Tag Archives: saloons

Dirty by design

Given the general fear of unclean restaurants, it’s hard to understand the fascination with cobwebs and dirt in eating and drinking places of the 19th century and early 20th. File this under “the past is a foreign country.”

One of the famous places known for its decades’ worth of dust and grime was Old Tom’s in New York City. In the judgment of its fond patrons, it only got better with time.

According to witnesses, the shabby building that housed Old Tom’s on Thames Street a block west of Broadway was dark and dingy and its windows had never been washed. In the corners were stacks of boxes and barrels. Its walls were adorned with dusty letters from old patrons, ancient notices for boxing matches, and somewhat repulsive relics such as a mummified bat and “a pair of shoes taken off a little forlorn waif found wandering in the streets.”

Although customers liked Old Tom’s chops, Welsh rarebits, and ale well enough, the fame of the place rested on its cobwebs (barely visible in this 1872 illustration). By the 1870s they had been allowed to grow quite luxurious for at least 30 years. One visitor compared them to an “air-plant” which absorbed fibers and floating dust along with ale fumes and the aroma of cooking. The webs hanging from the ceiling were so long that the owner trimmed them “like a garden hedge” so they didn’t catch on men’s hats. If the restaurant had wanted to move to a new location, it would have failed. Without Old Tom’s cobwebs “the soul of his business would vanish,” said a newspaper story in 1877.

Old Tom’s went out of business in 1880 but the name was so famous that another Old Tom’s popped up nearby. It was dowdy, but sadly lacking in cobwebs.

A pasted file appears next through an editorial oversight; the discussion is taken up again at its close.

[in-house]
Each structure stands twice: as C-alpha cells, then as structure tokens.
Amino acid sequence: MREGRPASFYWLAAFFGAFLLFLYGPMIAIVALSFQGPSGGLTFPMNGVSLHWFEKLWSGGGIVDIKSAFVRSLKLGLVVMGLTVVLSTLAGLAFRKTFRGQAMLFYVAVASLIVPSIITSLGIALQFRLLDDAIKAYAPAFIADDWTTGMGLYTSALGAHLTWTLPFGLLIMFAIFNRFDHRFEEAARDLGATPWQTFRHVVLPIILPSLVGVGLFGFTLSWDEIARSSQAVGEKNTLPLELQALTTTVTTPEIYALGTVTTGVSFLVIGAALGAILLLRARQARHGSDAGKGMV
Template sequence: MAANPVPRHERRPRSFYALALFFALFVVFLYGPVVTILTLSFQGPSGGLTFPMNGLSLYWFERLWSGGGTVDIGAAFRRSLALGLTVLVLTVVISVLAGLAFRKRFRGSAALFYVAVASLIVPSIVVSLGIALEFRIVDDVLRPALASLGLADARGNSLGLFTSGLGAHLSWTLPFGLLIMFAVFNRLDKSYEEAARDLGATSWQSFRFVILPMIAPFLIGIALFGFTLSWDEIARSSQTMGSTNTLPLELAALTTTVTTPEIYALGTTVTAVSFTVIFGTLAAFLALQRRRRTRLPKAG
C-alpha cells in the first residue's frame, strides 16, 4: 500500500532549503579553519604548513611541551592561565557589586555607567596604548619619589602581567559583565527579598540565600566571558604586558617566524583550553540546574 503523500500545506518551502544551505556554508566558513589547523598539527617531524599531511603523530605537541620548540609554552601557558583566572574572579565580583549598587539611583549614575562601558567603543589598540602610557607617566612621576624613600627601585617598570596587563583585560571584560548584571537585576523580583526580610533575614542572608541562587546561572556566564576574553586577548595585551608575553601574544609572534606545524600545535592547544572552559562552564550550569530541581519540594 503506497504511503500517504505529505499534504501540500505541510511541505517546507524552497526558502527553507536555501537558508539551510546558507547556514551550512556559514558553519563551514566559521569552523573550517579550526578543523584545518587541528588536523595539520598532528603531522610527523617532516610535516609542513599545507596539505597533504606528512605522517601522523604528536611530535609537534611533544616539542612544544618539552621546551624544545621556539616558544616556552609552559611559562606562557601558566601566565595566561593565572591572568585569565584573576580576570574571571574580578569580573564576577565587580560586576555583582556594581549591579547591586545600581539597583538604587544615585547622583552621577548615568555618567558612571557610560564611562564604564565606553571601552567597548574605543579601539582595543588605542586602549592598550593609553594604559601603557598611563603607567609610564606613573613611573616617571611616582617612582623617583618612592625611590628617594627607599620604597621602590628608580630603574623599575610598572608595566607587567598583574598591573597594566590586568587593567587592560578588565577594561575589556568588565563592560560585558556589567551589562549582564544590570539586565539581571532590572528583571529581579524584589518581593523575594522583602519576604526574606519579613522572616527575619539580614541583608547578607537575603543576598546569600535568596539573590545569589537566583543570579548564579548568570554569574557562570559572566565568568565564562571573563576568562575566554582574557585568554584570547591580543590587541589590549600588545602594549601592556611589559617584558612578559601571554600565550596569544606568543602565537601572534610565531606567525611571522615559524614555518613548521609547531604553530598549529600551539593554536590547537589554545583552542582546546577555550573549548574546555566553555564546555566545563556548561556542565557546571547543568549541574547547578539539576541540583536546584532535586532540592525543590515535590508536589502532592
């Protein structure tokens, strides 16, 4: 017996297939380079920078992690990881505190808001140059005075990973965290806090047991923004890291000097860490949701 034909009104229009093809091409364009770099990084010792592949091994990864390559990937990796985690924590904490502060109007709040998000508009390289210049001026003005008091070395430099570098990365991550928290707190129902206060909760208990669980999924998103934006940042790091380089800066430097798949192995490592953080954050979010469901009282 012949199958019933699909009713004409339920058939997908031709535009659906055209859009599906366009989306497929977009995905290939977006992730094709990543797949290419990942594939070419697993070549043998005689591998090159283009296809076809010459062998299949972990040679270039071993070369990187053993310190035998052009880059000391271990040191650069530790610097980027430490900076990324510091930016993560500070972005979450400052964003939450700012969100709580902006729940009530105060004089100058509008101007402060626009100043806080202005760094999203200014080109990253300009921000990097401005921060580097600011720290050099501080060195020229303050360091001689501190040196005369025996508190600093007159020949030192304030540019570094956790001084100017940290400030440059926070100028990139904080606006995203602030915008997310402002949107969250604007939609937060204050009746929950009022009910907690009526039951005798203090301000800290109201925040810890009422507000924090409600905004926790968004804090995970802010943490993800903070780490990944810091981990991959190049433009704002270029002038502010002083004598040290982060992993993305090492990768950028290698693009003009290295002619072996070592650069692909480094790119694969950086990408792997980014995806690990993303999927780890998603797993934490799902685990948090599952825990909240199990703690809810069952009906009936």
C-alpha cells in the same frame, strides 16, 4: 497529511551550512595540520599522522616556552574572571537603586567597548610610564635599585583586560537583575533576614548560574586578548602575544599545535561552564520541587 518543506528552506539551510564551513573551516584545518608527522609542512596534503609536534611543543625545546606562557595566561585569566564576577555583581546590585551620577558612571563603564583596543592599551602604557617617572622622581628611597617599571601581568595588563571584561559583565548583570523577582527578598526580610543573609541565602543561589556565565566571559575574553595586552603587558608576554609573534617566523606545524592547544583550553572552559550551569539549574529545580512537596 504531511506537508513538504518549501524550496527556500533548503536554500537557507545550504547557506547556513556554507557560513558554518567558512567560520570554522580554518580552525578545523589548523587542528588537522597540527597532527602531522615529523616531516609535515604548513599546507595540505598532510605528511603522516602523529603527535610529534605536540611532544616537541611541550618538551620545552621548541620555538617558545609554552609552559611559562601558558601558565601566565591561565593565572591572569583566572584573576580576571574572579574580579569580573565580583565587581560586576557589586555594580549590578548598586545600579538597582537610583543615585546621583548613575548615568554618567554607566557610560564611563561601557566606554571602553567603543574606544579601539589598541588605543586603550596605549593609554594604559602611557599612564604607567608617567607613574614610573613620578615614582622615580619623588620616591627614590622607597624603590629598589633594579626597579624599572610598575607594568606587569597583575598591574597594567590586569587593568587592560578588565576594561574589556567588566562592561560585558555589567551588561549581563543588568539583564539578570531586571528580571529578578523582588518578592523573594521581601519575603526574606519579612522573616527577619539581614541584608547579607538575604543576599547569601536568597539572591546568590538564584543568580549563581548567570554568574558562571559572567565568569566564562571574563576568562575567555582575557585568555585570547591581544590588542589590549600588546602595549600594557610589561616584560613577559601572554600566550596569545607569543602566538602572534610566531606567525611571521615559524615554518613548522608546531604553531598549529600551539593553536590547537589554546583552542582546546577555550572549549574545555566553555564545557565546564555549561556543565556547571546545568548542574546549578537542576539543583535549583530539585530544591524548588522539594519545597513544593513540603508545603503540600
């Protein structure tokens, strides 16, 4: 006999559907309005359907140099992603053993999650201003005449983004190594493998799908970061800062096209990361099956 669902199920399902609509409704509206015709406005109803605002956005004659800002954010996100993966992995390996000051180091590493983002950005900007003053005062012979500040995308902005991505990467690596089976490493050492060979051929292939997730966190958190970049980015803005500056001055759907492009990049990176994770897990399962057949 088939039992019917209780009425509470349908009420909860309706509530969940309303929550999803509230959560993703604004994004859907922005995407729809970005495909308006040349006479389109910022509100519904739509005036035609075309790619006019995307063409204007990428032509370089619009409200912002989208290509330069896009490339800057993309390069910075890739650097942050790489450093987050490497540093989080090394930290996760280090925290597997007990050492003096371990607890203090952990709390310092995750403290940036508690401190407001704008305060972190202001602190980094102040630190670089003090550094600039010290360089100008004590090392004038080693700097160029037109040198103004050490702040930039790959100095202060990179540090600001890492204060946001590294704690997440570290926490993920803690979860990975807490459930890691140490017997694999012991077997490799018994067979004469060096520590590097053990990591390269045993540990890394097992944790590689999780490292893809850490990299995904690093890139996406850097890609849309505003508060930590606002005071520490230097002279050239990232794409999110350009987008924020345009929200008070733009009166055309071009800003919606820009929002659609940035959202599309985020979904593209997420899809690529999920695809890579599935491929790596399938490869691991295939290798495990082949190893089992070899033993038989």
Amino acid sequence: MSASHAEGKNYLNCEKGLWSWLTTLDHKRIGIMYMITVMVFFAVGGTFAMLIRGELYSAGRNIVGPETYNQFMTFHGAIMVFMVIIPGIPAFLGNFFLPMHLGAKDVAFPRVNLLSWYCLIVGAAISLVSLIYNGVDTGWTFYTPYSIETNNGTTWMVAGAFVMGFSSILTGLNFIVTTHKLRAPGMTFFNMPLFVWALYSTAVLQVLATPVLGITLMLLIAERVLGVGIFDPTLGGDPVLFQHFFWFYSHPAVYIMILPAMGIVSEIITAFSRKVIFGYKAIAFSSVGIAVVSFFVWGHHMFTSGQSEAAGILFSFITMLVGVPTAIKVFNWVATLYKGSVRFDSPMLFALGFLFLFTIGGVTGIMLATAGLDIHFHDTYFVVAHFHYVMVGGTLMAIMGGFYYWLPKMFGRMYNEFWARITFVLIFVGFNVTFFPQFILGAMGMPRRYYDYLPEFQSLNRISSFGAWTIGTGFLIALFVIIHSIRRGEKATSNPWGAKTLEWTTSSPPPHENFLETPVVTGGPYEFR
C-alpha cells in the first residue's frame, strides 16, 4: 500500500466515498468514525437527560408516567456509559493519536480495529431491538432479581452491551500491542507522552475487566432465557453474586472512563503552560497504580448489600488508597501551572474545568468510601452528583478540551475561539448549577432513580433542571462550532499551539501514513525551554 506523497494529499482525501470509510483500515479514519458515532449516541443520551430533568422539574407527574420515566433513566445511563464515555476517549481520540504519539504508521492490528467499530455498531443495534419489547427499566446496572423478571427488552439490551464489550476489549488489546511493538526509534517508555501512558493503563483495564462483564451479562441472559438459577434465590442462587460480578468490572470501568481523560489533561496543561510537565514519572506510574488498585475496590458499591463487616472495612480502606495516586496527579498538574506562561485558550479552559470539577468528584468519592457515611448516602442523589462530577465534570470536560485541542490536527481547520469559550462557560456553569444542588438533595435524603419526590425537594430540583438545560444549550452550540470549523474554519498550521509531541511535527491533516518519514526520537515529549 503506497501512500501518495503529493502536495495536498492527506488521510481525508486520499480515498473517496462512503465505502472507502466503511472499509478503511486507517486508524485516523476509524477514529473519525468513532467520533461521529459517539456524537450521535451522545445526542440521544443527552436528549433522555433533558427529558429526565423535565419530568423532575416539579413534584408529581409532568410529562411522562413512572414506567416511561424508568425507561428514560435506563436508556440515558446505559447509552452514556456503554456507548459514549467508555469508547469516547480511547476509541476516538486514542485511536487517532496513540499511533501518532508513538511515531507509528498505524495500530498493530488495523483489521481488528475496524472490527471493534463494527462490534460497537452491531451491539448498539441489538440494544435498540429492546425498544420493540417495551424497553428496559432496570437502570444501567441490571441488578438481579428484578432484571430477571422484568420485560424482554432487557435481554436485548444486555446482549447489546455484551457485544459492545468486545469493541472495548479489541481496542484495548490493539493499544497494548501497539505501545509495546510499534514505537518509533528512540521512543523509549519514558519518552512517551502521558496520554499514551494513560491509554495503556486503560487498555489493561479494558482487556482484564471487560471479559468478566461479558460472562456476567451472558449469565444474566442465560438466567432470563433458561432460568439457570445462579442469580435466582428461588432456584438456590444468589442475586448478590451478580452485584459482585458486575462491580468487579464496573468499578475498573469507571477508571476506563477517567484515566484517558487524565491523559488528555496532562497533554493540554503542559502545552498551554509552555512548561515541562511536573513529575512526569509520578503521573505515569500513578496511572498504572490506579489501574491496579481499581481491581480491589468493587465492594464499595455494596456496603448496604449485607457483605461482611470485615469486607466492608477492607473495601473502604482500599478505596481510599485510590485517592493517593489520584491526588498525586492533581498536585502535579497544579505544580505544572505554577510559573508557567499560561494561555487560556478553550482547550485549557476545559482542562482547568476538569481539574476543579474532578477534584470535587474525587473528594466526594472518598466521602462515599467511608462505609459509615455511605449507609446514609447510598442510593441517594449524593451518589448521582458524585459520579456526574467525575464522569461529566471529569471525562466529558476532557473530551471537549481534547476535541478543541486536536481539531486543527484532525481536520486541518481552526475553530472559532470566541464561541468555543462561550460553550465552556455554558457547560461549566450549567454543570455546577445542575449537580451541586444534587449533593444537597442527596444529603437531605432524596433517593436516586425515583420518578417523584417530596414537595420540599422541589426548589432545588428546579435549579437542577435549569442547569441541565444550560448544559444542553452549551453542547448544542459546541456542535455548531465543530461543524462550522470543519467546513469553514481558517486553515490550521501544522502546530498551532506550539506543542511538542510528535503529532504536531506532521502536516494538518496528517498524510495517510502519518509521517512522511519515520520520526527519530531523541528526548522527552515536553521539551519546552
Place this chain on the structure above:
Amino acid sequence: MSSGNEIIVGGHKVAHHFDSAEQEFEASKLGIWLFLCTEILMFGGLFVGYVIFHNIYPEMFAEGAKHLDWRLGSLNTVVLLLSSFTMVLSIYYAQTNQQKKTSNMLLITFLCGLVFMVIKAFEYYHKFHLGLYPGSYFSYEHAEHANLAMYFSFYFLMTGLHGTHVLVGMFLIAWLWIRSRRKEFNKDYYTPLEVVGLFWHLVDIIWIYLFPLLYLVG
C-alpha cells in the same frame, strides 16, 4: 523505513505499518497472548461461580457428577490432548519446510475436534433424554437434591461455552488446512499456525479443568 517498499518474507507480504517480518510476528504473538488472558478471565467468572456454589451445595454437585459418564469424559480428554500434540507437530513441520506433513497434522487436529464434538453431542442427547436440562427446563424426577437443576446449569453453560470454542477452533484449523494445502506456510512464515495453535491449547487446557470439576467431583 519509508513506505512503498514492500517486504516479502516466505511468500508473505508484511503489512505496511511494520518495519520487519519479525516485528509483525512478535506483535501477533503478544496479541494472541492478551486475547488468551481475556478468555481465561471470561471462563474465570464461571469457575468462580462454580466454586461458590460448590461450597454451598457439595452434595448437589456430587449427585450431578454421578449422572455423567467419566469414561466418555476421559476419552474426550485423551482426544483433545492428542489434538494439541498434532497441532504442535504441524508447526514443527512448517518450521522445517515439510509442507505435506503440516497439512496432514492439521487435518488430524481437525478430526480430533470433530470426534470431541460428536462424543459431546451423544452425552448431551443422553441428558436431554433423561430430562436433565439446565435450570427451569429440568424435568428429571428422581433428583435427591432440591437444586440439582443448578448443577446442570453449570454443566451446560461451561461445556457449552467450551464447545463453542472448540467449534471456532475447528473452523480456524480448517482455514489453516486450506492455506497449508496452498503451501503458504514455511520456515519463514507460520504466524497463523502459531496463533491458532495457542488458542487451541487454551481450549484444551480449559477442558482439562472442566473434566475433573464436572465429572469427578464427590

Old Tom’s had its match in San Francisco, at a dive known as the Cobweb Palace, established in 1855. Such places were as much saloon as eating place, yet the Cobweb Palace, located on Meigg’s Wharf (now the site of Fisherman’s Wharf), was known in its better days for its clam chowder, cracked crab, and mussels. By the time it was demolished in 1893, it was a near-total wreck.

The Cobweb Palace was decorated with spider webs, South Sea island clubs and masks, and a totem pole, among many other curios both valuable and worthless. Though it was hardly a family spot, children liked to stop by and see the parrots, magpies, and parakeets flying around. Roaming monkeys greeted patrons while outside the door was a caged bear.

Old Tom’s and the Cobweb Palace lived in lore long after they were gone, but many other cobwebbed saloon-style eateries disappeared into the mist and little is known but their names.

There had been a place called Cobweb Hall in New York and another in Detroit, both operated by men from Scotland. The owner of the New York saloon/chophouse on Duane Street died in 1868, putting an end to his menagerie of spiders, Siberian wolfhounds, and canaries. In Detroit, Tom Swan’s Cobweb Hall began in 1869, lasting into the 20th century. He attracted business men and actors to his web-filled restaurant whose walls were also adorned with old playbills.

The West had quite a few Cobweb Saloons, some serving food or adjoining a restaurant whose cook often was a Chinese immigrant. Some were in mining towns such as Prescott AZ, where Ben Butler’s Chop House, run by Fong, Murphy & Co., “the Finest Restaurant in Prescott,” was next to, or connected to the Cobweb Saloon.